Unity is such a central theme throughout the New Testament, and is emphasized throughout the Bible as a whole. Psalm 133:1 says “how good and pleasant it is when brothers dwell together in unity”. Paul urged early Christians to to “maintain the unity of the spirit in the bond of peace” (Ephesians 4:3) and Jesus himself prayed to the Father that his followers would “be one even as we are one” (John 17:22) Jesus is even called the “Prince of Peace”! (Isaiah 9:6)
Personally I hate conflict. I like relationships and communication to be smooth, agreeable and comfortable at all times. When I sense a disagreement about to take place I dread addressing the situation.
But just because I have adverse feelings toward conflict, should I let that dictate my interpretation of scripture. What kind of peace, and what kind of unity is the scripture urging us toward?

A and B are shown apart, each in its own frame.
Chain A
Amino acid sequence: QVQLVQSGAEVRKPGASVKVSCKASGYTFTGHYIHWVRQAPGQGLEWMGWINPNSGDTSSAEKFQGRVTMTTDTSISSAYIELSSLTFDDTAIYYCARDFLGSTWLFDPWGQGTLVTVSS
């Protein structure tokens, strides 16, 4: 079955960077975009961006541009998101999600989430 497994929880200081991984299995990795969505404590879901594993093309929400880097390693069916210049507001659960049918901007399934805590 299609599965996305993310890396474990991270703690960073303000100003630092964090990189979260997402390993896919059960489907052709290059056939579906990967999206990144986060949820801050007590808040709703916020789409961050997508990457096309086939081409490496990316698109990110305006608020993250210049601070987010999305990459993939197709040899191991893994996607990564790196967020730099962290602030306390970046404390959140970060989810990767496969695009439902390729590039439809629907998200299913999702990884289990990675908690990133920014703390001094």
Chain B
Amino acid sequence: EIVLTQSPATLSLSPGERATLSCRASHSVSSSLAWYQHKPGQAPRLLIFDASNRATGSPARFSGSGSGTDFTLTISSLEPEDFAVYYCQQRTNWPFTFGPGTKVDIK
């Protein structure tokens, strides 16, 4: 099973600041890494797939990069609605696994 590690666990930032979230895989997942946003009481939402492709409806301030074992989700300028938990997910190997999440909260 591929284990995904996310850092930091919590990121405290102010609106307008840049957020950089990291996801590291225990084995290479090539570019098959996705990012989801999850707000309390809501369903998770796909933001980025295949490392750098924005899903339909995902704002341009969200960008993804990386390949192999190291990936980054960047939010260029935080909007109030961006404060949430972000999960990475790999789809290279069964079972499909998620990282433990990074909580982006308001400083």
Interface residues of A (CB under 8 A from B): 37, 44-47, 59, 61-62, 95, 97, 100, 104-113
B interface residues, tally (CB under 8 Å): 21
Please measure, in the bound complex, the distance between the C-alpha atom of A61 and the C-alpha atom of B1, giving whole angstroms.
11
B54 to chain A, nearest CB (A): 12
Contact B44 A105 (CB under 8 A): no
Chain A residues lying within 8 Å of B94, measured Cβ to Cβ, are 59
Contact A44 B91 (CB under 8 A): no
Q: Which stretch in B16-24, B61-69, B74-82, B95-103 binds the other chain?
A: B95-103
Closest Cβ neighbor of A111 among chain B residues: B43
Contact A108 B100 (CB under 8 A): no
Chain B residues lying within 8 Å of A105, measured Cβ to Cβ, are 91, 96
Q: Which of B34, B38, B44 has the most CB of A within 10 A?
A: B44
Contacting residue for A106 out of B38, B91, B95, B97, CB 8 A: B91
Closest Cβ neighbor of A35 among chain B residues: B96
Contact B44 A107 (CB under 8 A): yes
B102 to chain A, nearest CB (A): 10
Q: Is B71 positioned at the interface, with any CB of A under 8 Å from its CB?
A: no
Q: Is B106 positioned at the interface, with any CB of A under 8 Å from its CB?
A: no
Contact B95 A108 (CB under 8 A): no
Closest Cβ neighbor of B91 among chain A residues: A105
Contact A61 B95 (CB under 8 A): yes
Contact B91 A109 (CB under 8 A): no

Should I avoid confrontation at all costs in the name of unity? Should I be willing to combine ministry efforts with anyone regardless of their views in the name of unity? Should I represent Christ as just an equal alternative to other religious leaders or world religions? Should I minimize the importance of accurate teaching within the church? Based on my understanding of the scripture, my answer to all of these questions is no. We should have peace, but not peace at any price. The gospel is too valuable to be sacrificed for a superficial brand of unity.
Because the terms “peace” and “unity” have been so largely hijacked and filled with unbiblical meaning I want to suggest using a different word to encourage a Biblical view of peace and unity – Solidarity.
solidarity n: unity based on shared interests, objectives or standards